Family Reunion: July, 2009

Five years ago, my parents decided to go on a reunion vacation with my mother’s siblings.  The interesting thing about that is that my mother never really got along all that well with her brothers and sisters: hierarchical society = hierarchical family.  My mother was the oldest girl of nine children, so while Grandma was busy gestating, Mom spent much of her teenage/young adult life being part-time mother to six younger siblings.  Not that it was all misery — she was naturally bossy and had very clear ideas about the order of the universe.

The reunion was a success.  Mom showed me pictures of them lounging around in a posh Japanese hotel room, wearing yukatas, eating little delicacies, and sipping tea.  They looked happy to be together — they were healthy in mind, spirit, and bank accounts.  They were survivors.

This past week we hosted a reunion of DH and his siblings.  I’ve known them for 25 years, but contact has been sporadic at best.  Our fault, really — DH because he is probably the least loquacious of the sibs, me because I have enough trouble relating to my own brothers.

But this reunion . . . .  I enjoyed talking to them all, even the problem BIL (every family has one of those, right?), the vet addicted to nicotine and narcotics — though not necessarily in that order.

“I still dream about running,” DH’s twin sister confided.  She has MS, and as her son says, is “trying really hard to stay out of a wheelchair.”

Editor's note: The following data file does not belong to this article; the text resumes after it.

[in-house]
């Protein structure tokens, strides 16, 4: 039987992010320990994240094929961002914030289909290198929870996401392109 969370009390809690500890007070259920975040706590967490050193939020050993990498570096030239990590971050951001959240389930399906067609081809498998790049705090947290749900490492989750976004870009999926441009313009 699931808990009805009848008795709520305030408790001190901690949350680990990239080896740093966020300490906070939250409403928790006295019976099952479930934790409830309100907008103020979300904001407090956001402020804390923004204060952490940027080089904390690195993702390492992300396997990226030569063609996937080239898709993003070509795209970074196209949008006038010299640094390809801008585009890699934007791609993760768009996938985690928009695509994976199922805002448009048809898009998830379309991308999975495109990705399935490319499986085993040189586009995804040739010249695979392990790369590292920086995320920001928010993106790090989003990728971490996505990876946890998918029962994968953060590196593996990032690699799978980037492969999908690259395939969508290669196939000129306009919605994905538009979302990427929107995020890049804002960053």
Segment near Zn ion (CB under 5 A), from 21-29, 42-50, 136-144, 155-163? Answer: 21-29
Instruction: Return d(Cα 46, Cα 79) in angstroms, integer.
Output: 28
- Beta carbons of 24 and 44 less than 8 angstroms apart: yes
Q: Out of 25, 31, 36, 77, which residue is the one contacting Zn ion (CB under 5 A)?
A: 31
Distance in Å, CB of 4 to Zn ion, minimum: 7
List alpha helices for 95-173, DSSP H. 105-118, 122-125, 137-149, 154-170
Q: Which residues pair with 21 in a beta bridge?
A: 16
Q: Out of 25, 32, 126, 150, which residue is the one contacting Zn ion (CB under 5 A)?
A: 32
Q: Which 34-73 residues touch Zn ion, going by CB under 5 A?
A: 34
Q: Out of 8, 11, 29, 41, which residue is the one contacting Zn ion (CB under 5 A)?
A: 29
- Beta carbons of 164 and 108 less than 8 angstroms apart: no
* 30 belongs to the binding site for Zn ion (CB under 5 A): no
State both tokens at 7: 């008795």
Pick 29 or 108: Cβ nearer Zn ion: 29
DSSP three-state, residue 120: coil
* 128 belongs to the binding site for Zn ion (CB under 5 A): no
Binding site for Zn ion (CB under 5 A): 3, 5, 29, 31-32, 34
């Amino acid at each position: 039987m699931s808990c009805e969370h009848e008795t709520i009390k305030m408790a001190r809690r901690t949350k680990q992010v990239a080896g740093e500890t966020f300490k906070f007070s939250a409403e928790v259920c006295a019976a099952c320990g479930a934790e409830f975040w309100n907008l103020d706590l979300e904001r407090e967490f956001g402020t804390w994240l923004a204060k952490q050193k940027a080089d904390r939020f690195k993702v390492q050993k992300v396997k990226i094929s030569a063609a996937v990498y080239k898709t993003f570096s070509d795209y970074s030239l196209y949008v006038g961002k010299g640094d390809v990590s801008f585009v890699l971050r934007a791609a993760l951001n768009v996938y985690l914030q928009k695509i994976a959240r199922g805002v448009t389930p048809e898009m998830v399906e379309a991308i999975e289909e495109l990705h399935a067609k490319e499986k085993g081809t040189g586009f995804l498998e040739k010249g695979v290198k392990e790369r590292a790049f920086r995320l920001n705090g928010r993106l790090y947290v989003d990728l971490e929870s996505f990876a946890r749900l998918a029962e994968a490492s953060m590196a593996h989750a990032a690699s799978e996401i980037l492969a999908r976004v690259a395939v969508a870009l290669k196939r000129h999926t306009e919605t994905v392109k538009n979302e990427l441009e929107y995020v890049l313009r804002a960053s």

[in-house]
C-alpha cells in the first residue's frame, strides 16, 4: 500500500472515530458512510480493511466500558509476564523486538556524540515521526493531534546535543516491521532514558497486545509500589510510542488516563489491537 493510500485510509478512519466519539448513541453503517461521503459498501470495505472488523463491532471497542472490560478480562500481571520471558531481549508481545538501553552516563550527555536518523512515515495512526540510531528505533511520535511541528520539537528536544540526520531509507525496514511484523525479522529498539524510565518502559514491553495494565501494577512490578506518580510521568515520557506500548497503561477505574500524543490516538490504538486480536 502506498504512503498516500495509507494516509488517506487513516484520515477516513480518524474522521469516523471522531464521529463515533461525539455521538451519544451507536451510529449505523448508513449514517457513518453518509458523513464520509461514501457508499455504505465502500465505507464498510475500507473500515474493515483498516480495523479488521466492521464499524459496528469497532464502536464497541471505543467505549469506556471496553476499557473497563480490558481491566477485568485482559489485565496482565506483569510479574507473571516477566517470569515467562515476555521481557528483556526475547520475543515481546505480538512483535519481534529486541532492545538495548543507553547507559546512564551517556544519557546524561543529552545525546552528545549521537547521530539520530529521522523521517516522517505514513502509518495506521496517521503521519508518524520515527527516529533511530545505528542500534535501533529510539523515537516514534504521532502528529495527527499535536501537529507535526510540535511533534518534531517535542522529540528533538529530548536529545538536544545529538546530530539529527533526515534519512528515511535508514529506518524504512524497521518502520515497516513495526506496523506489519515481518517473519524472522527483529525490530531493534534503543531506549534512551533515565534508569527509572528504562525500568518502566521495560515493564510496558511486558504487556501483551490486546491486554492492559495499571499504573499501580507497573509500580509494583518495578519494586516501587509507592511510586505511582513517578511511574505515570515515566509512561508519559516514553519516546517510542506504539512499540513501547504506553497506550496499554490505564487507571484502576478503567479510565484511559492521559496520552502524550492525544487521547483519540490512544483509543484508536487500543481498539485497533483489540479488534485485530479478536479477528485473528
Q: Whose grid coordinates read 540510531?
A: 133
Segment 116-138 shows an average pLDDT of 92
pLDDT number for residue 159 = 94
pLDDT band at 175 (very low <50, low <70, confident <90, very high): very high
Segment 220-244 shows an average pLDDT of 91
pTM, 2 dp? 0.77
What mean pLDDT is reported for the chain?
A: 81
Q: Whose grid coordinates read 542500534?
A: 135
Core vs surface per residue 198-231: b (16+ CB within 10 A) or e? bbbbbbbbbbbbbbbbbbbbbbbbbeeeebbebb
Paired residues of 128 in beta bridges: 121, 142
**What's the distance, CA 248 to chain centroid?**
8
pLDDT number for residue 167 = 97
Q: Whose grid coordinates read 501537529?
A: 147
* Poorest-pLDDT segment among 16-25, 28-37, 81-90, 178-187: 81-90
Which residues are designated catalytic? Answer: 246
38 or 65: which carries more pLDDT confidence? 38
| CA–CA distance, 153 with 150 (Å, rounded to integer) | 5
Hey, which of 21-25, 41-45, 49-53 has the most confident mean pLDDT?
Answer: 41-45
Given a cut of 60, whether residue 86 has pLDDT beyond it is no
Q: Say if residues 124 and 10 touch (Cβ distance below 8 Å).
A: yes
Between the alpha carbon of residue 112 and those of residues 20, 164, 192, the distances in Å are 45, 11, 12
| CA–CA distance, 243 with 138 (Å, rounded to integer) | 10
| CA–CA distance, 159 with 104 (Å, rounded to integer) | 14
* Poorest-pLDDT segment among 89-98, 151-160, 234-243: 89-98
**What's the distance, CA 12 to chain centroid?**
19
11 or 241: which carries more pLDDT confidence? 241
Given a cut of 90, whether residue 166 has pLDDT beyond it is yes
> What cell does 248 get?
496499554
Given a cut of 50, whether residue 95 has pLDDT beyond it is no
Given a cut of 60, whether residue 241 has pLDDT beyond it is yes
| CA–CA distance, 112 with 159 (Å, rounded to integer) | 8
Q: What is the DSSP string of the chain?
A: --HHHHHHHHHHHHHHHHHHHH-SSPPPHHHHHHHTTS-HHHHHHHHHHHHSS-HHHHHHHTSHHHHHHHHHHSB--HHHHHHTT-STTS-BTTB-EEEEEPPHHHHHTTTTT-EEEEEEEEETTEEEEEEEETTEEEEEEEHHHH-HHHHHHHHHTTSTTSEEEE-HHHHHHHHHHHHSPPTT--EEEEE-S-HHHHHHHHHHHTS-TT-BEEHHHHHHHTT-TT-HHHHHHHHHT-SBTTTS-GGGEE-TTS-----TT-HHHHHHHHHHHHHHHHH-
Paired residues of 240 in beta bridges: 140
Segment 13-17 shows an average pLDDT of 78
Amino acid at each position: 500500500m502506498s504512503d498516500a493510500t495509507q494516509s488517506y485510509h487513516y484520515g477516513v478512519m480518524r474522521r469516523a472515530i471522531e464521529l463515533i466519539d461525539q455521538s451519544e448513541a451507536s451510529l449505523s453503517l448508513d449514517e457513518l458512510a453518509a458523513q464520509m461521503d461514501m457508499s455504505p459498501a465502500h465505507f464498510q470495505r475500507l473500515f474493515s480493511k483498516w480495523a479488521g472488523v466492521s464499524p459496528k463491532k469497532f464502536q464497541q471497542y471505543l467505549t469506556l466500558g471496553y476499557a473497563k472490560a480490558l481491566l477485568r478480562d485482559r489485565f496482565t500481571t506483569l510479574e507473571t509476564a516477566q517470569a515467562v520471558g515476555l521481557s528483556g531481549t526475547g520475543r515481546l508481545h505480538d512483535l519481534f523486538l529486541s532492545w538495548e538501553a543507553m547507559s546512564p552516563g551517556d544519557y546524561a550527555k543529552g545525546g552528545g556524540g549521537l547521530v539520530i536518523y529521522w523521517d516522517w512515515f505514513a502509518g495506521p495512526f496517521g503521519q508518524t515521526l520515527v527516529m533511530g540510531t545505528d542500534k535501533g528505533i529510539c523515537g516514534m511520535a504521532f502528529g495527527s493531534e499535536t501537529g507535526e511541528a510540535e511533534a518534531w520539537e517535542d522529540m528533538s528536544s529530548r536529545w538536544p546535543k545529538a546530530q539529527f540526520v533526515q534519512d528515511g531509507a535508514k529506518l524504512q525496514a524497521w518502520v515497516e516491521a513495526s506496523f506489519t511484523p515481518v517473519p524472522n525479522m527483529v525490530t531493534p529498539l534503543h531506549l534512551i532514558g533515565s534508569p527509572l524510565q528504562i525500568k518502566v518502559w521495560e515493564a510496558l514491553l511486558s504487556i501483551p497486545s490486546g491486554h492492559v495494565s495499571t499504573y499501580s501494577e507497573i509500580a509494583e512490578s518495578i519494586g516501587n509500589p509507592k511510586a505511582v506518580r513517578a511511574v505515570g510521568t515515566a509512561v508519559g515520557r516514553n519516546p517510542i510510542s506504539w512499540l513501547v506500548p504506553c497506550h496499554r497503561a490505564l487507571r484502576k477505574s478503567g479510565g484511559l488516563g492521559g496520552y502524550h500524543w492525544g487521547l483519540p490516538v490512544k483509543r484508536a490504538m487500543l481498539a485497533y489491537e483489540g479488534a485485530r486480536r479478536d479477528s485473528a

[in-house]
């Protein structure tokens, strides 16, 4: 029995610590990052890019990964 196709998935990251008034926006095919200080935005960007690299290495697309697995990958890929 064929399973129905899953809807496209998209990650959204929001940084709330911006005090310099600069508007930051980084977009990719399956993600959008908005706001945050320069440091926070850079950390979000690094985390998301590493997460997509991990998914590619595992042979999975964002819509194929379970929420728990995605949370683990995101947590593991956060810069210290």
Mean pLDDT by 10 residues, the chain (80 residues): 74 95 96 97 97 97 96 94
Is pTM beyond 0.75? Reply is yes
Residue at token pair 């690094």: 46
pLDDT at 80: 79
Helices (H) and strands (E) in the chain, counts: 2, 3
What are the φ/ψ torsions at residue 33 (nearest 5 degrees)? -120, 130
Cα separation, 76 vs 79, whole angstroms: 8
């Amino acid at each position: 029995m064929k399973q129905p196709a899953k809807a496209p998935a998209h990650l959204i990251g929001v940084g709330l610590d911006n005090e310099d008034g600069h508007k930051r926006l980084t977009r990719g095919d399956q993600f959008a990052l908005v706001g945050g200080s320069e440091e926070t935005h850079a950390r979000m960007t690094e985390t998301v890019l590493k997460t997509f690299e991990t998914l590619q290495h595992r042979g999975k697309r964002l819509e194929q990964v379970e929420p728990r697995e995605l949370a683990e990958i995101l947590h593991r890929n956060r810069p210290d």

“She sure is a high maintenance girl,” the youngest brother commented of one SIL.  “First she wants to breathe, now she wants to pee.”  We were at 8500 feet, and they were all lowlanders.  He always did have a sardonic sense of humor.

“It’s not the going up that’s bad,” DH’s oldest brother grumped, “it’s the coming down.”  An old tennis injury, two knee surgeries, arthritis, and a probable knee replacement in a few more years.  But he still has his black Porsche, a youthful indulgence he drives to work everyday.

I see them then at my wedding — no wrinkles, no grey hair, no kids, no minivan.  The time blurs: the boys are still competitive, oldest sister still loves horses, twin sister is still the nurturer.  They share the same smiles, they have their Dad’s eyes.  Next year we will have another reunion; I believe I will go.

Birthday Pies: Estes Park Pie Company
Birthday Pies: Estes Park Pie Shop and Bakery

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